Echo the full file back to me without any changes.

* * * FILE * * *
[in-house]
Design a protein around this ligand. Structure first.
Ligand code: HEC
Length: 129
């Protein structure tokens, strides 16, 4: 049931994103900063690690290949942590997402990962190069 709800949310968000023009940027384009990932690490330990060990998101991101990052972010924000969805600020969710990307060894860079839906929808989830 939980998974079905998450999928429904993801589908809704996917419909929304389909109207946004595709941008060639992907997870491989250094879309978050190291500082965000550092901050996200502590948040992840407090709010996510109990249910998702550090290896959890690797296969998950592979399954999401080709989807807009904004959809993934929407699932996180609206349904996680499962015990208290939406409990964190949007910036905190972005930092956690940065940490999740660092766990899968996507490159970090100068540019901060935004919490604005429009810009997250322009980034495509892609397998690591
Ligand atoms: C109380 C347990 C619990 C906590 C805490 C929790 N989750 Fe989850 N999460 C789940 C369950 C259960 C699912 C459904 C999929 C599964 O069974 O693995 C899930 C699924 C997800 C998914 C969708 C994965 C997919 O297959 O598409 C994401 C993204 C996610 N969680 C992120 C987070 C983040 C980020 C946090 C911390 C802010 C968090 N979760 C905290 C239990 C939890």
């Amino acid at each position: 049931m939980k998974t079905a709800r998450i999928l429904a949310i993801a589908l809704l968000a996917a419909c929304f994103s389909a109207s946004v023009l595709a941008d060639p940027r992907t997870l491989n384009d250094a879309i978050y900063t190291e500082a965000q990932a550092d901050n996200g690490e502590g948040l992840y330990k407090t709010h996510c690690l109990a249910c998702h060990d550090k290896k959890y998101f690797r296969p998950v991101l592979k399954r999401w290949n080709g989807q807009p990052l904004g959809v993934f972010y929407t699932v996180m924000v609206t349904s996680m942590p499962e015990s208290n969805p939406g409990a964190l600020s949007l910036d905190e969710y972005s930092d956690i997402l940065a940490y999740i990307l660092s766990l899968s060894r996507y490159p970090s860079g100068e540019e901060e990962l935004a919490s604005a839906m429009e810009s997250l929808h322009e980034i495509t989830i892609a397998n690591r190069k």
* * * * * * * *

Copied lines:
[in-house]
Design a protein around this ligand. Structure first.
Ligand code: HEC
Length: 129
């Protein structure tokens, strides 16, 4: 049931994103900063690690290949942590997402990962190069 709800949310968000023009940027384009990932690490330990060990998101991101990052972010924000969805600020969710990307060894860079839906929808989830 939980998974079905998450999928429904993801589908809704996917419909929304389909109207946004595709941008060639992907997870491989250094879309978050190291500082965000550092901050996200502590948040992840407090709010996510109990249910998702550090290896959890690797296969998950592979399954999401080709989807807009904004959809993934929407699932996180609206349904996680499962015990208290939406409990964190949007910036905190972005930092956690940065940490999740660092766990899968996507490159970090100068540019901060935004919490604005429009810009997250322009980034495509892609397998690591
Ligand atoms: C109380 C347990 C619990 C906590 C805490 C929790 N989750 Fe989850 N999460 C789940 C369950 C259960 C699912 C459904 C999929 C599964 O069974 O693995 C899930 C699924 C997800 C998914 C969708 C994965 C997919 O297959 O598409 C994401 C993204 C996610 N969680 C992120 C987070 C983040 C980020 C946090 C911390 C802010 C968090 N979760 C905290 C239990 C939890």
């Amino acid at each position: 049931m939980k998974t079905a709800r998450i999928l429904a949310i993801a589908l809704l968000a996917a419909c929304f994103s389909a109207s946004v023009l595709a941008d060639p940027r992907t997870l491989n384009d250094a879309i978050y900063t190291e500082a965000q990932a550092d901050n996200g690490e502590g948040l992840y330990k407090t709010h996510c690690l109990a249910c998702h060990d550090k290896k959890y998101f690797r296969p998950v991101l592979k399954r999401w290949n080709g989807q807009p990052l904004g959809v993934f972010y929407t699932v996180m924000v609206t349904s996680m942590p499962e015990s208290n969805p939406g409990a964190l600020s949007l910036d905190e969710y972005s930092d956690i997402l940065a940490y999740i990307l660092s766990l899968s060894r996507y490159p970090s860079g100068e540019e901060e990962l935004a919490s604005a839906m429009e810009s997250l929808h322009e980034i495509t989830i892609a397998n690591r190069k």